Rosemary and Joel have two sons, a 5-year-old and an 18-month-old. Rosemary said it is “really hard on them. The 5-year-old understands when dad is leaving. When he is in Saudi, we can send him e-mail, so he can tell his dad what is happening in school.”
This was her son’s first year in soccer, though, and his dad did not see any games until the last one.
“He wanted his dad to be there, and he wanted his dad to help the coach like some of the other dads, but that is just not possible,” she said.
Being gone is also hard on Joel because his youngest son, Luke, has changed every time he sees him.
“He started walking in February when Joel was gone and started talking this last time,” she said.
Rosemary said it sometimes is “a little overwhelming as a single parent, but God sustains me. We have been extremely blessed by people from the base and the church.”
When their house had plumbing problems, a church member showed up. When the television quit, another member showed up. When their van broke down, a worker at the nearby General Motors plant came by.
“It’s those little things Joel does that I really, really miss when he’s gone,” Rosemary said.
“People say, ‘I don’t know how you do it,’ but you just do it; you have to,” she said. “I don’t feel like I am doing anything great or big; this is just my life.
“I can’t fall apart because I have two kids to take care of,” she said. “But I have my moments, when no one is around.”
Rosemary said she tries to keep informed about what is going on in the Middle East, but she doesn’t want to know the details.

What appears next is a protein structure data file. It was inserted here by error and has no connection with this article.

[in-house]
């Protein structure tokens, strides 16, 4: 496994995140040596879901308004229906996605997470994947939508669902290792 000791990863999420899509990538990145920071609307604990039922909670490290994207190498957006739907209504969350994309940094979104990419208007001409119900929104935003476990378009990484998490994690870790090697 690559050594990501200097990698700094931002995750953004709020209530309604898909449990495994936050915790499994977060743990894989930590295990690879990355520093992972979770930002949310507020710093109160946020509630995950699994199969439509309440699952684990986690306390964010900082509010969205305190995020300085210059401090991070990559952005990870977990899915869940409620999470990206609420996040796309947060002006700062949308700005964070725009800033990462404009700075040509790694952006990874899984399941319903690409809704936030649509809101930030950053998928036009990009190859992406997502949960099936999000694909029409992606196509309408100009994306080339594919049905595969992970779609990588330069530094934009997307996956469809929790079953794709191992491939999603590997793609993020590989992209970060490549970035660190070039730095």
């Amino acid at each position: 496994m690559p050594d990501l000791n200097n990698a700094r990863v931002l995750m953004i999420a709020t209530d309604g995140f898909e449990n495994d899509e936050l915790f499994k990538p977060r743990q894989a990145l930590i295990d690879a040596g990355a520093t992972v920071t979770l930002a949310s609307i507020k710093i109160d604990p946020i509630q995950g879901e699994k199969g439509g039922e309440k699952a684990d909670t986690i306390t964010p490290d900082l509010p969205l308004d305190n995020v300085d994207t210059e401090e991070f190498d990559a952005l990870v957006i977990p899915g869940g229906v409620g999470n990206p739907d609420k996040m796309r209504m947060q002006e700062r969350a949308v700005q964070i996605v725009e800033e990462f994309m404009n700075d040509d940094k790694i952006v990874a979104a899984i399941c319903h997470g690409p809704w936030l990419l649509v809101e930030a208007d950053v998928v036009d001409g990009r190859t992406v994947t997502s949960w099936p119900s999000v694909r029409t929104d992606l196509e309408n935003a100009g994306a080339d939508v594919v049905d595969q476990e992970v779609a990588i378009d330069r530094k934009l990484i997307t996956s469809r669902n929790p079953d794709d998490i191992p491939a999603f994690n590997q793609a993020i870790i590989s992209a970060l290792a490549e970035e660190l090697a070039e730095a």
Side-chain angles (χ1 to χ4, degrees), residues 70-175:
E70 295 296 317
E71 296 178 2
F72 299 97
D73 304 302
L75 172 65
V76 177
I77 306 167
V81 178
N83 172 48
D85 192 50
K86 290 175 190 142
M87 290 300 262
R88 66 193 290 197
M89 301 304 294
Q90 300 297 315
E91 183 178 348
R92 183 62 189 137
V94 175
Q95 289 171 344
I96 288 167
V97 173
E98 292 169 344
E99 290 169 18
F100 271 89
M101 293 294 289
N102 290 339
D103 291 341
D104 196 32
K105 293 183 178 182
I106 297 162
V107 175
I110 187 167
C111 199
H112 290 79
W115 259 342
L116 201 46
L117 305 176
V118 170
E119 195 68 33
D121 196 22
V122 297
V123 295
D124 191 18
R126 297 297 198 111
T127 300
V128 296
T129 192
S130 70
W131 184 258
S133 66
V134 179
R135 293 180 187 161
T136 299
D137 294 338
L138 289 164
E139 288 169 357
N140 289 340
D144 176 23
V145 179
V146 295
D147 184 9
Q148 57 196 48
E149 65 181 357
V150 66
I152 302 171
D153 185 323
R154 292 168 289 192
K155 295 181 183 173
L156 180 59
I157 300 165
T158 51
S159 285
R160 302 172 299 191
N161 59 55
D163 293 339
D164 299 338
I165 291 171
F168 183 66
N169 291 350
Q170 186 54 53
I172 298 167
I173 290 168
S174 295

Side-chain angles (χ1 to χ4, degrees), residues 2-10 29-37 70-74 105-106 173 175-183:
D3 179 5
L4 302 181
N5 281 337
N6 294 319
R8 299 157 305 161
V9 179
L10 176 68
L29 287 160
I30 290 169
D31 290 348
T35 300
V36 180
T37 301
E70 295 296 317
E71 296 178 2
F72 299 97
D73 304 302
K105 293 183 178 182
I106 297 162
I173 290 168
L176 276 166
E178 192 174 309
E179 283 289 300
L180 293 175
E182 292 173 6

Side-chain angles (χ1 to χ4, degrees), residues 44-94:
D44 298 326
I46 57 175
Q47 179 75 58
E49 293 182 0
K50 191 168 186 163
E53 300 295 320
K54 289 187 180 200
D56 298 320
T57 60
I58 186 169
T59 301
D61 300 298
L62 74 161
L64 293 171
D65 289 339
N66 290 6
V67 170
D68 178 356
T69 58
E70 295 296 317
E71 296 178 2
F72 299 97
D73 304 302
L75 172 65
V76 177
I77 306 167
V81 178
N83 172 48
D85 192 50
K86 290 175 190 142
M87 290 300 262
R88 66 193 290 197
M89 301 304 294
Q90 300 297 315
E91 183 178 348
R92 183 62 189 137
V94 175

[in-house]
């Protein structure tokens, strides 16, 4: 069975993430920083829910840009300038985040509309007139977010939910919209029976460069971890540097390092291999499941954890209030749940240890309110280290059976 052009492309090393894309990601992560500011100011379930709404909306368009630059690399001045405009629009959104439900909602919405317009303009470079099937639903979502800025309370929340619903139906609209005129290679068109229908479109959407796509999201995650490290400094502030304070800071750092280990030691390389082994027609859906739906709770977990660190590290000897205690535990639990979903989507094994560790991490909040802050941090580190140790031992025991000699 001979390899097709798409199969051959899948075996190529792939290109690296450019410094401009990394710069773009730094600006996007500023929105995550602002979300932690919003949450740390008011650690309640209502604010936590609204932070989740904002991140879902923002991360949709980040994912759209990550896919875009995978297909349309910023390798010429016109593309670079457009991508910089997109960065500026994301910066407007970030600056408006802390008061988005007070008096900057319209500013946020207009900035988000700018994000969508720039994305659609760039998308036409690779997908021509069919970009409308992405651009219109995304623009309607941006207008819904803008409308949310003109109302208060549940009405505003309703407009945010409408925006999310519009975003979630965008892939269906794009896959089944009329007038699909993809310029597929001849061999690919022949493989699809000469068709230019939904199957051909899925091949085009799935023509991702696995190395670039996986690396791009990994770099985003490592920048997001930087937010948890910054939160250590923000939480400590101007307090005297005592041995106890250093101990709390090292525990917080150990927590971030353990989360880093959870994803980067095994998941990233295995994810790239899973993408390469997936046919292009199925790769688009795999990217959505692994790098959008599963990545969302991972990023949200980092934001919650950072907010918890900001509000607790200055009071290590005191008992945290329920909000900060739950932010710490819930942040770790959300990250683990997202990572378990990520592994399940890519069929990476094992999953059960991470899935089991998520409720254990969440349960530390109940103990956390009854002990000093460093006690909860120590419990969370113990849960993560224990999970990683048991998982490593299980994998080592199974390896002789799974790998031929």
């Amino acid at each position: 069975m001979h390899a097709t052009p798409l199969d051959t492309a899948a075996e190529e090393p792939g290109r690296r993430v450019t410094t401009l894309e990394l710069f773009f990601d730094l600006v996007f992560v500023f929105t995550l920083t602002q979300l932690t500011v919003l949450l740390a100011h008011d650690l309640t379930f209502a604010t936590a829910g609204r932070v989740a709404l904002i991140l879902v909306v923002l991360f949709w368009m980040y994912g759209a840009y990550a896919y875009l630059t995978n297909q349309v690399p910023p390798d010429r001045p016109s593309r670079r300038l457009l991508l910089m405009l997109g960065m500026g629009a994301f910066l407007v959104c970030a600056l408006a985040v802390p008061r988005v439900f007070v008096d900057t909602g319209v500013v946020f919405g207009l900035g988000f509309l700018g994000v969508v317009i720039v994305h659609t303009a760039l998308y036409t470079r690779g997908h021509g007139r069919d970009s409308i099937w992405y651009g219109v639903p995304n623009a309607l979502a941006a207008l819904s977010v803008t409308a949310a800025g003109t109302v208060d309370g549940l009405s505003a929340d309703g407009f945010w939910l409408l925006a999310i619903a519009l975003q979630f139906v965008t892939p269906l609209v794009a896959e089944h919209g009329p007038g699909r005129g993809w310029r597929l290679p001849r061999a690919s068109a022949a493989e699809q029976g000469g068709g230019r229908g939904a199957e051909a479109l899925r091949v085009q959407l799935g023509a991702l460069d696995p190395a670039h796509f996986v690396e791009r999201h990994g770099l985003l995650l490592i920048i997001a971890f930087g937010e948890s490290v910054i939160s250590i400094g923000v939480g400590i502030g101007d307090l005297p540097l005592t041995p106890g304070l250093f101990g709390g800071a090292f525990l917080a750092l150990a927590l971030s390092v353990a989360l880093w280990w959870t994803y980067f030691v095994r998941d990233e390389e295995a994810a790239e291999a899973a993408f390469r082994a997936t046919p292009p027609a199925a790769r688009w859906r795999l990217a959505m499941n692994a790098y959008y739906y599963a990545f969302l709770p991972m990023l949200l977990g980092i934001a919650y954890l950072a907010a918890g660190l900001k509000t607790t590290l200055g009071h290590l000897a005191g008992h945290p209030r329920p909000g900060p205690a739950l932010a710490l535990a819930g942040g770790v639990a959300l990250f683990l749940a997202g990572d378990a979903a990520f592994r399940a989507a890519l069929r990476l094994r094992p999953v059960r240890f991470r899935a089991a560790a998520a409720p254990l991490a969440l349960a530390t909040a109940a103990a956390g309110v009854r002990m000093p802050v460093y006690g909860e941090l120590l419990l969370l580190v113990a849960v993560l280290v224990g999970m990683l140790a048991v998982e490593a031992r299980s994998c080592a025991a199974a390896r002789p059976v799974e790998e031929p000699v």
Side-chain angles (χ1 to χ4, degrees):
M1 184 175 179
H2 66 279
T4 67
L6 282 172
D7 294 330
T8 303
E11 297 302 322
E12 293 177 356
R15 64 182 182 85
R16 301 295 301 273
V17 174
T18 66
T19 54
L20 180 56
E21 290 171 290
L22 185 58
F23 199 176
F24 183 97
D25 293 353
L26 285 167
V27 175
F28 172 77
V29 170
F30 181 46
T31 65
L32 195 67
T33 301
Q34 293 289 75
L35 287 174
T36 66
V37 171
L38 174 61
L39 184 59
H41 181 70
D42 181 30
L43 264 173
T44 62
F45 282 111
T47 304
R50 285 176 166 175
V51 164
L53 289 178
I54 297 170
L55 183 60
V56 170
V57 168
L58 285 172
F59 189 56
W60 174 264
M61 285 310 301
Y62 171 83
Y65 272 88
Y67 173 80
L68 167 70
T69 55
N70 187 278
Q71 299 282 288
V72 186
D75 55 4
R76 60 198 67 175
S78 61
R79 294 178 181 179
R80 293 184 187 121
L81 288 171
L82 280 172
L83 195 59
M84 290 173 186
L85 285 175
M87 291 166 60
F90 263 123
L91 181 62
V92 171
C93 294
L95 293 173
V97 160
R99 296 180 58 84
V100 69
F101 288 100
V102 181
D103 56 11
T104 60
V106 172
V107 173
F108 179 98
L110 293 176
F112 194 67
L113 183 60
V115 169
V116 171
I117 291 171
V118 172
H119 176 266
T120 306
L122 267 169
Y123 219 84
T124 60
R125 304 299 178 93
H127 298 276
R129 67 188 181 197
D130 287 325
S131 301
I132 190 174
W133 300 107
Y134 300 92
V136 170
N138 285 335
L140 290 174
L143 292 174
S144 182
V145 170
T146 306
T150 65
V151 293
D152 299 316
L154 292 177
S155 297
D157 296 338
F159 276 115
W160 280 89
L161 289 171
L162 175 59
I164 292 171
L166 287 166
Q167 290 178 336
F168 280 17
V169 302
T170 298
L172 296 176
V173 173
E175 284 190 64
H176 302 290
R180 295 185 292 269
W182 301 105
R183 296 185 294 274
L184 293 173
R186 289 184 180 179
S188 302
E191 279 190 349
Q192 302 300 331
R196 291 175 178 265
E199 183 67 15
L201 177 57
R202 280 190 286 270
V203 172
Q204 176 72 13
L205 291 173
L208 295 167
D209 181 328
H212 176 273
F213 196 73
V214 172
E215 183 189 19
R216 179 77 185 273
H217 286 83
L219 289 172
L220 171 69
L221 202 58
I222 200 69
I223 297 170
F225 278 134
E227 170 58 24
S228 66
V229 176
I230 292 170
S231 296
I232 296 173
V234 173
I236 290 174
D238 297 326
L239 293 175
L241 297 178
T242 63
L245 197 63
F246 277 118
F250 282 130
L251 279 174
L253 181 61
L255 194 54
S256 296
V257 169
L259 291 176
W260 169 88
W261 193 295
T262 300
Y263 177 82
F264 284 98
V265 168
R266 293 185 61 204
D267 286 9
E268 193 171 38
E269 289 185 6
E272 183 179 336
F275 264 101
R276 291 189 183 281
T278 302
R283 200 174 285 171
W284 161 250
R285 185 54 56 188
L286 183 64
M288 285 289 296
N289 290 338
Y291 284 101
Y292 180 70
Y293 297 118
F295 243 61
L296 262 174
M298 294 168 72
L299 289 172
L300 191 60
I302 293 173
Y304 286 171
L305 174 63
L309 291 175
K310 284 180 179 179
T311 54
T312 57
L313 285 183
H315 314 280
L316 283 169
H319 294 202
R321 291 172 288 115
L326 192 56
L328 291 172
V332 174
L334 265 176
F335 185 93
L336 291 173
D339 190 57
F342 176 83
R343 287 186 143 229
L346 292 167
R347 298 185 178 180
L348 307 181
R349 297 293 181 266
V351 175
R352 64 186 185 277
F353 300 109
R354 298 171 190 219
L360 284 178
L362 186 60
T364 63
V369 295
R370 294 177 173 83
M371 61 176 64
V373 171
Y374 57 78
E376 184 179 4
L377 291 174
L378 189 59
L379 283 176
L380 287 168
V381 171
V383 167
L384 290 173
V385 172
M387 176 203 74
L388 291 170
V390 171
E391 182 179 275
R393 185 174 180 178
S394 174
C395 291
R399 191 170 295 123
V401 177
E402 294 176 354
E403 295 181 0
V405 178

“I don’t worry about his safety, either,” she said. “I can’t think along those lines: Leave that to the Lord.
“I want to be informed, but I don’t want to be terrified.”
When Joel left at 4 a.m. Saturday, Nov. 14, Rosemary said she wasn’t fully awake, but she told Joel “it feels really weird, sending your husband off to war.”
The couple is too young to remember Vietnam, and he joined right after the Persian Gulf War, so she said they really don’t have any experience with true conflict.
“When the Gulf War was going on, we were still going to college,” she recalled. “We would look at the news and say, ‘That’s too bad that’s going on.’ It just doesn’t hit you hard like it does when it’s your life being affected.”
Rosemary said the strangest thing to her is that a man she doesn’t know and has never met — Saddam Hussein — can affect her life so much.
“He has my life in his hands, because everything he does affects everything about my life,” she said.
She said it is also interesting that Saddam does something like this every year around Christmas, which he knows is an important time for Christians.
“We had never been apart for Thanksgiving or Christmas,” she noted. “I am not looking forward to Thanksgiving.
“I have a lot of things to be thankful for, but I don’t feel really thankful right now.”
She said her prayer during this time of Thanksgiving is that God will watch over her husband and give him an assignment so he can stay home with his family.

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  • Dave Parker